• Peas and Carrots are good examples – they have a GI of above 60 (80 for peas) but a GL of only 3. In other words a serving of carrots and / or peas will have a negligible effect on your blood sugar.
  • Potatoes however have both a high a glycemic load and index – as does corn so you have to avoid these.

Take home message is that you can eat virtually any vegie of your choice other than potatoes (white, sweet or fried), and corn.

Cheeses - especially hard cheeses is okay!!

3. Have protein at every meal.

By having protein at every meal you not only promote your body’s TEF (Thermic effect of food), support muscle preservation (vital to fat loss) but you also help trip the satiety signals. Eating protein at every meal helps you feel fuller quicker and for longer.

This is particularly true for breakfast when you body is essentially coming off an 8 hour+ fast.

The best sources are beef, chicken, fish, whey protein powder and eggs.

4. Don’t be afraid of natural fat.

Fat does not get stored as fat – all foods are broken down into their components and largely turned into blood sugar(a simplistic view) and it is an excess of blood sugars that get stored as fat.

The natural (ie non-transfats, non-manipulated by man) fats like those found in unprocessed meats, avocadoes, olives or olive-oil-based dressings do not raise your insulin levels, and have little to do with making you fat.

It is when high amounts of carbs are coupled with high levels of fat(regardless of source) that insulin release is stimulated causing your body to store fat instead of burning it.

God what about cholesterol and the health of my heart??

The Journal of Nutrition reviewed 13 studies of low carb diets and found that this type of diet – even with 50% of calories typically coming from fats – were more effective at reducing heart-disease risk than traditional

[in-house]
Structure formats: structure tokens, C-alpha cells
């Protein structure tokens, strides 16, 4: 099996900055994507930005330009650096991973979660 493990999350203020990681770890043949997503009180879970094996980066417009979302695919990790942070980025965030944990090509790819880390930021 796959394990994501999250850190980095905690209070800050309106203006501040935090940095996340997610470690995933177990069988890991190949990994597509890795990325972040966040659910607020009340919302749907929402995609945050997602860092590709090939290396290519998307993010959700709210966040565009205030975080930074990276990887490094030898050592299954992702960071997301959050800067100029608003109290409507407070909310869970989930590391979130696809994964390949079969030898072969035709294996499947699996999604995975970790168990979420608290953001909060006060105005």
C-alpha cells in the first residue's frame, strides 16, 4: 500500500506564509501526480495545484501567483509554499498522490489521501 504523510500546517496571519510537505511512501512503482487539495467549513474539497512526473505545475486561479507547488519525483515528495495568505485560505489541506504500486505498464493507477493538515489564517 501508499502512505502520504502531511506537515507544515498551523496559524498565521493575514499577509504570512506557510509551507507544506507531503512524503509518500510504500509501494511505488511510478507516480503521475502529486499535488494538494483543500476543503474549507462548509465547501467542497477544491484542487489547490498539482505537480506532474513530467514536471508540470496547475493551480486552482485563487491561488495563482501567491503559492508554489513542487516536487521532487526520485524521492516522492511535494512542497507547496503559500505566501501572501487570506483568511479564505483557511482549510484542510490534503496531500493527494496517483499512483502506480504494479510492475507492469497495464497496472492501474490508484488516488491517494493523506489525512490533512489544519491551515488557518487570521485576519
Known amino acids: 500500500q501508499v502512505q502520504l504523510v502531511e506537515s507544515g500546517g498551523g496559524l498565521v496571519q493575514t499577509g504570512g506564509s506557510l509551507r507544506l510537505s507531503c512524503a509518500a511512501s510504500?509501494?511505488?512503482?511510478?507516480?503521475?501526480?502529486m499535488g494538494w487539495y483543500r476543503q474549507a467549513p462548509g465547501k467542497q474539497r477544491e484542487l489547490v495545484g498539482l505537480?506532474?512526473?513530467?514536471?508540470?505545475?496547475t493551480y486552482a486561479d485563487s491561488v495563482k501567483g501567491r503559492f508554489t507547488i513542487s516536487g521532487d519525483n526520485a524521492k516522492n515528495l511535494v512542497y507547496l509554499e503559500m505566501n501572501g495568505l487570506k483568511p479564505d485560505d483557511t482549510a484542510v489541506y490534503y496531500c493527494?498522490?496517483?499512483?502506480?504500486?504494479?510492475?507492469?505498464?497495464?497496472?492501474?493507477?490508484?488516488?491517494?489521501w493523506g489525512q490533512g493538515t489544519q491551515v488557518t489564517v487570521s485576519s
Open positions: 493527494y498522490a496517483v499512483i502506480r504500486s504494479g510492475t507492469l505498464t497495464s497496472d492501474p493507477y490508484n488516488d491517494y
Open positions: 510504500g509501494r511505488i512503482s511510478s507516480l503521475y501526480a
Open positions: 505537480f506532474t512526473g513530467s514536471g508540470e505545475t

NOT the protein that you want to be eating...

low-fat diets.

5. Forget about processed foods.

This includes luncheon meats, cereals, snacks, baked goods etc etc.

If you follow only one rule, make it this: if it comes in a box or a bag, skip it. I guarantee you’ll have success.

6. Make Calorie Density work for you.

Calorie dense food...

In addition to adding protein to every meal another way to eat well and to feel full is to utilise calorie density. Caloric density is the amount of calories present in a given amount or volume of food.

This means that a food that contains a large amount of calories in a small volume of food has a high caloric density. Sometimes very high. At the other end of the scale are thiose foods which are large in volume but low in calories – these foods are considered to have low calorie density.

NB The carbs with the highest caloric density tend to be those that are nutrient sparse and low calorie density carbs are nutrient dense. Fruits and vegetables have very low caloric densities, especially green and leafy vegetables. So do lean proteins.

Foods with low caloric density therefore allow you to eat more volume of food for fewer calories. You can eat more and ingest fewer calories.

Think of it this way – what is easier to eat – 1000 calories of cheesecake or 1000 calories of spinach?

So part of fat loss is to be able to eat well, eat healthily and in a way that leaves you feeling full and less likely to develop cravings. So it is important that you combine lots of fruits, veggies, beans, and lean proteins for meals that leave you full with a lower calorie price to be paid.

Nothing Tastes as Good as Being Lean Feels...

Here are the Six Simple rules:

1. Cut out quickly digested carbs.

2. Eat more vegetables.

3. Have protein at every meal.

4. Don’t be afraid of natural fat.

5. Forget about processed foods.

6. Make Calorie Density work for you.

Eating by following these 6 rules will enable you to shave hundreds of calories off your daily total while being completely content with the amount of food you’re eating. Not to mention how much healthier overall you’ll feel.

See you next week – Be well.